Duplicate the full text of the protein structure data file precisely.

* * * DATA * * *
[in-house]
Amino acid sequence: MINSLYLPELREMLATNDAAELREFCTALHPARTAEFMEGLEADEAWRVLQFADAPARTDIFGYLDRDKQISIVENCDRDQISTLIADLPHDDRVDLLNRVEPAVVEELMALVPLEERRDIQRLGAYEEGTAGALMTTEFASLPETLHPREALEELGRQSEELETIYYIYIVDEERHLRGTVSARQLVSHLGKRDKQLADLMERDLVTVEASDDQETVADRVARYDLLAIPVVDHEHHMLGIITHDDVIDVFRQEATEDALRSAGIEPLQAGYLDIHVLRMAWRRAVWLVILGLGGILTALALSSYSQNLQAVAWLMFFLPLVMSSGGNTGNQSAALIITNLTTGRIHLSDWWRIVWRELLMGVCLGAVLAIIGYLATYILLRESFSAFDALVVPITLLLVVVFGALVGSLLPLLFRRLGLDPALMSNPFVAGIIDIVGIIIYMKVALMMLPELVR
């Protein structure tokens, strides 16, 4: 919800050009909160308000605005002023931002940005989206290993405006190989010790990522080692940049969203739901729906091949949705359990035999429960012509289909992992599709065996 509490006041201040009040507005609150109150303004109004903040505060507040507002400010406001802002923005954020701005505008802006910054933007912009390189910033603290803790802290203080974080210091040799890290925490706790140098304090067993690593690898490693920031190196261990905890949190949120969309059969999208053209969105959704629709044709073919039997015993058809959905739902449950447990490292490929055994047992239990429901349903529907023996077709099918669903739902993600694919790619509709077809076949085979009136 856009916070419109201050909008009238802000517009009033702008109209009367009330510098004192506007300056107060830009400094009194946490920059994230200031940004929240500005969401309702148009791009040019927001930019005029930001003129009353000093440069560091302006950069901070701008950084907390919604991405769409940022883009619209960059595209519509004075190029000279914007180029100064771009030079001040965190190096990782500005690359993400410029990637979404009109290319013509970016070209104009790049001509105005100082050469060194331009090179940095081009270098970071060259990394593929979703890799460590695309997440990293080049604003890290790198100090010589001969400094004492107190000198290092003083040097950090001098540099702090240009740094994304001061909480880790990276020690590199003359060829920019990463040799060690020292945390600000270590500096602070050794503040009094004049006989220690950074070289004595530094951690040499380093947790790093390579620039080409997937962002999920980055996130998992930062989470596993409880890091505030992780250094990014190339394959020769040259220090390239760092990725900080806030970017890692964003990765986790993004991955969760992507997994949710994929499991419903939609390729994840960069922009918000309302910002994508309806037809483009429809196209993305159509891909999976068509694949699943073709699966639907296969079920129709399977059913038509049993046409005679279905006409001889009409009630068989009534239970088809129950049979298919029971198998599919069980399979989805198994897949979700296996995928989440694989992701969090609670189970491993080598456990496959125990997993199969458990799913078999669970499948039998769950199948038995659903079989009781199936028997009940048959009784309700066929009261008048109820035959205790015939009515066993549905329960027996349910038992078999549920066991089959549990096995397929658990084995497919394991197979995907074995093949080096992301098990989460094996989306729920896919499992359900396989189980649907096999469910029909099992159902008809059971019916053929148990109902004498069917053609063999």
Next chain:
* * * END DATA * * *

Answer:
[in-house]
Amino acid sequence: MINSLYLPELREMLATNDAAELREFCTALHPARTAEFMEGLEADEAWRVLQFADAPARTDIFGYLDRDKQISIVENCDRDQISTLIADLPHDDRVDLLNRVEPAVVEELMALVPLEERRDIQRLGAYEEGTAGALMTTEFASLPETLHPREALEELGRQSEELETIYYIYIVDEERHLRGTVSARQLVSHLGKRDKQLADLMERDLVTVEASDDQETVADRVARYDLLAIPVVDHEHHMLGIITHDDVIDVFRQEATEDALRSAGIEPLQAGYLDIHVLRMAWRRAVWLVILGLGGILTALALSSYSQNLQAVAWLMFFLPLVMSSGGNTGNQSAALIITNLTTGRIHLSDWWRIVWRELLMGVCLGAVLAIIGYLATYILLRESFSAFDALVVPITLLLVVVFGALVGSLLPLLFRRLGLDPALMSNPFVAGIIDIVGIIIYMKVALMMLPELVR
């Protein structure tokens, strides 16, 4: 919800050009909160308000605005002023931002940005989206290993405006190989010790990522080692940049969203739901729906091949949705359990035999429960012509289909992992599709065996 509490006041201040009040507005609150109150303004109004903040505060507040507002400010406001802002923005954020701005505008802006910054933007912009390189910033603290803790802290203080974080210091040799890290925490706790140098304090067993690593690898490693920031190196261990905890949190949120969309059969999208053209969105959704629709044709073919039997015993058809959905739902449950447990490292490929055994047992239990429901349903529907023996077709099918669903739902993600694919790619509709077809076949085979009136 856009916070419109201050909008009238802000517009009033702008109209009367009330510098004192506007300056107060830009400094009194946490920059994230200031940004929240500005969401309702148009791009040019927001930019005029930001003129009353000093440069560091302006950069901070701008950084907390919604991405769409940022883009619209960059595209519509004075190029000279914007180029100064771009030079001040965190190096990782500005690359993400410029990637979404009109290319013509970016070209104009790049001509105005100082050469060194331009090179940095081009270098970071060259990394593929979703890799460590695309997440990293080049604003890290790198100090010589001969400094004492107190000198290092003083040097950090001098540099702090240009740094994304001061909480880790990276020690590199003359060829920019990463040799060690020292945390600000270590500096602070050794503040009094004049006989220690950074070289004595530094951690040499380093947790790093390579620039080409997937962002999920980055996130998992930062989470596993409880890091505030992780250094990014190339394959020769040259220090390239760092990725900080806030970017890692964003990765986790993004991955969760992507997994949710994929499991419903939609390729994840960069922009918000309302910002994508309806037809483009429809196209993305159509891909999976068509694949699943073709699966639907296969079920129709399977059913038509049993046409005679279905006409001889009409009630068989009534239970088809129950049979298919029971198998599919069980399979989805198994897949979700296996995928989440694989992701969090609670189970491993080598456990496959125990997993199969458990799913078999669970499948039998769950199948038995659903079989009781199936028997009940048959009784309700066929009261008048109820035959205790015939009515066993549905329960027996349910038992078999549920066991089959549990096995397929658990084995497919394991197979995907074995093949080096992301098990989460094996989306729920896919499992359900396989189980649907096999469910029909099992159902008809059971019916053929148990109902004498069917053609063999």
Next chain: